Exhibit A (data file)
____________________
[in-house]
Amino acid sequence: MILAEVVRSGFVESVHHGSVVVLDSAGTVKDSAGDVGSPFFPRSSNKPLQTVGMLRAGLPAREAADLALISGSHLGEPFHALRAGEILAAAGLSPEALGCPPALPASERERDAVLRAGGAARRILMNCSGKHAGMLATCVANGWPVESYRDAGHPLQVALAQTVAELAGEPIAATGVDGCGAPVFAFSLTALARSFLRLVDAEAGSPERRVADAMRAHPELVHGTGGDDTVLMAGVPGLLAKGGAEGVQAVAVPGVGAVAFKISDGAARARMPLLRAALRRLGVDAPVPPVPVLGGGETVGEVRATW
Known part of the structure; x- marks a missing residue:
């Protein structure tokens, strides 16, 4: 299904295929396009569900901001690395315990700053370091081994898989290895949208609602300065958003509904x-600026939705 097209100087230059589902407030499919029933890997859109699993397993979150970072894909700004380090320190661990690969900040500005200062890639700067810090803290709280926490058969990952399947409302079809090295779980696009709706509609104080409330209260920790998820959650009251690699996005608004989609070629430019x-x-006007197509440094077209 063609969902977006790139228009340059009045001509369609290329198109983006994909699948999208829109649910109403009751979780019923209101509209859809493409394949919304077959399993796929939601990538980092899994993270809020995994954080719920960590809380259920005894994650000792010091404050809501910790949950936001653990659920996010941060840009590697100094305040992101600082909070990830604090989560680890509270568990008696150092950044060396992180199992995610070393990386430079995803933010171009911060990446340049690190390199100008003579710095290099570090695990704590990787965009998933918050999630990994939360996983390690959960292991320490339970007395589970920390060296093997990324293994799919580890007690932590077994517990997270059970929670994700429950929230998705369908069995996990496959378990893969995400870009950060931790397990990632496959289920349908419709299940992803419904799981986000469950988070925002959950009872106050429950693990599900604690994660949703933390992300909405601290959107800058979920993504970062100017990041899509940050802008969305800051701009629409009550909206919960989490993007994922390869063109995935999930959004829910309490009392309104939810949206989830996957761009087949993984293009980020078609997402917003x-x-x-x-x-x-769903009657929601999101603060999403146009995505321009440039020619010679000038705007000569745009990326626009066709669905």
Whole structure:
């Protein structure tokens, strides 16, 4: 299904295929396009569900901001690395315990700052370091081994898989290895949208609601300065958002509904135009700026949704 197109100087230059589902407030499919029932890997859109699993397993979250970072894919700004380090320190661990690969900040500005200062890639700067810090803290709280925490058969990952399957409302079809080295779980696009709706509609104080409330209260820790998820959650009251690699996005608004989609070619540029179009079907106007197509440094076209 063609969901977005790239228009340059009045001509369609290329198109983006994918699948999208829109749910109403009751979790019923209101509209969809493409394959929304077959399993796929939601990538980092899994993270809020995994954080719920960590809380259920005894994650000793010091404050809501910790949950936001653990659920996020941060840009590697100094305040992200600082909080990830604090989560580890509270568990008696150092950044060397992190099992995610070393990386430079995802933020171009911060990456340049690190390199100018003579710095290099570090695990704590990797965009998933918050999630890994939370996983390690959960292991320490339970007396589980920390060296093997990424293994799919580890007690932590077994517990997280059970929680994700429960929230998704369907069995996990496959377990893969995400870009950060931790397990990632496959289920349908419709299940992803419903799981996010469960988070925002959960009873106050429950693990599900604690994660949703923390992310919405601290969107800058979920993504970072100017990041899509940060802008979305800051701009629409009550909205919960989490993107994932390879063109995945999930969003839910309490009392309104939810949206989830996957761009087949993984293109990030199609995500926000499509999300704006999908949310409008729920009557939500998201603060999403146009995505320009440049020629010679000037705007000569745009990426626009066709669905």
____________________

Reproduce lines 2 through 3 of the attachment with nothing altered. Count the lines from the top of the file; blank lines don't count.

Amino acid sequence: MILAEVVRSGFVESVHHGSVVVLDSAGTVKDSAGDVGSPFFPRSSNKPLQTVGMLRAGLPAREAADLALISGSHLGEPFHALRAGEILAAAGLSPEALGCPPALPASERERDAVLRAGGAARRILMNCSGKHAGMLATCVANGWPVESYRDAGHPLQVALAQTVAELAGEPIAATGVDGCGAPVFAFSLTALARSFLRLVDAEAGSPERRVADAMRAHPELVHGTGGDDTVLMAGVPGLLAKGGAEGVQAVAVPGVGAVAFKISDGAARARMPLLRAALRRLGVDAPVPPVPVLGGGETVGEVRATW
Known part of the structure; x- marks a missing residue: